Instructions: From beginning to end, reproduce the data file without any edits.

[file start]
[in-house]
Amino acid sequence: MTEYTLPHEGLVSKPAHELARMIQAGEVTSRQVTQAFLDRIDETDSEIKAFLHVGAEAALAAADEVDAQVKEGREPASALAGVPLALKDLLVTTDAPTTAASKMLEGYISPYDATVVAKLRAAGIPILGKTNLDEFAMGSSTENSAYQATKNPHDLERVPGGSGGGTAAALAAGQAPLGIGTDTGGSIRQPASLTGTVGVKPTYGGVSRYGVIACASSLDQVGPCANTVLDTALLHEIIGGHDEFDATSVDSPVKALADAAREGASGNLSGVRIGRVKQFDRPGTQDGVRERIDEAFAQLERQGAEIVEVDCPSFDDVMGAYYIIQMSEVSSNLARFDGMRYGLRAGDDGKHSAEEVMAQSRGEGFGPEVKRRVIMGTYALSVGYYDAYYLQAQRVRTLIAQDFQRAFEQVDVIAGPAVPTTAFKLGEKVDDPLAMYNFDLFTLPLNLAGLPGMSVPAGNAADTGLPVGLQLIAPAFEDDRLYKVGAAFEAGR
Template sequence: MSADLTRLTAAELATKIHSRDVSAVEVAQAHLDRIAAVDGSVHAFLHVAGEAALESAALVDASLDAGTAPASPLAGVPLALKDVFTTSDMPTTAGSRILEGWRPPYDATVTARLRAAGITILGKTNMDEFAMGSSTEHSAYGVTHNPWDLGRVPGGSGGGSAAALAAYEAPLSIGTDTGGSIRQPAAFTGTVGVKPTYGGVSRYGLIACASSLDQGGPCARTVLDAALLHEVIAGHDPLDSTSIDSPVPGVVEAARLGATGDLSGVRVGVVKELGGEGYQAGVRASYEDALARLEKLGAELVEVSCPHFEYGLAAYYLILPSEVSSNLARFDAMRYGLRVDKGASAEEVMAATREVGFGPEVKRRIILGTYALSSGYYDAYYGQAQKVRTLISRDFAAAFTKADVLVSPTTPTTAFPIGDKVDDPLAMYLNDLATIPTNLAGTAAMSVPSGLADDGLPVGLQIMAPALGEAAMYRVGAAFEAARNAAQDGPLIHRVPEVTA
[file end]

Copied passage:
[in-house]
Amino acid sequence: MTEYTLPHEGLVSKPAHELARMIQAGEVTSRQVTQAFLDRIDETDSEIKAFLHVGAEAALAAADEVDAQVKEGREPASALAGVPLALKDLLVTTDAPTTAASKMLEGYISPYDATVVAKLRAAGIPILGKTNLDEFAMGSSTENSAYQATKNPHDLERVPGGSGGGTAAALAAGQAPLGIGTDTGGSIRQPASLTGTVGVKPTYGGVSRYGVIACASSLDQVGPCANTVLDTALLHEIIGGHDEFDATSVDSPVKALADAAREGASGNLSGVRIGRVKQFDRPGTQDGVRERIDEAFAQLERQGAEIVEVDCPSFDDVMGAYYIIQMSEVSSNLARFDGMRYGLRAGDDGKHSAEEVMAQSRGEGFGPEVKRRVIMGTYALSVGYYDAYYLQAQRVRTLIAQDFQRAFEQVDVIAGPAVPTTAFKLGEKVDDPLAMYNFDLFTLPLNLAGLPGMSVPAGNAADTGLPVGLQLIAPAFEDDRLYKVGAAFEAGR
Template sequence: MSADLTRLTAAELATKIHSRDVSAVEVAQAHLDRIAAVDGSVHAFLHVAGEAALESAALVDASLDAGTAPASPLAGVPLALKDVFTTSDMPTTAGSRILEGWRPPYDATVTARLRAAGITILGKTNMDEFAMGSSTEHSAYGVTHNPWDLGRVPGGSGGGSAAALAAYEAPLSIGTDTGGSIRQPAAFTGTVGVKPTYGGVSRYGLIACASSLDQGGPCARTVLDAALLHEVIAGHDPLDSTSIDSPVPGVVEAARLGATGDLSGVRVGVVKELGGEGYQAGVRASYEDALARLEKLGAELVEVSCPHFEYGLAAYYLILPSEVSSNLARFDAMRYGLRVDKGASAEEVMAATREVGFGPEVKRRIILGTYALSSGYYDAYYGQAQKVRTLISRDFAAAFTKADVLVSPTTPTTAFPIGDKVDDPLAMYLNDLATIPTNLAGTAAMSVPSGLADDGLPVGLQIMAPALGEAAMYRVGAAFEAARNAAQDGPLIHRVPEVTA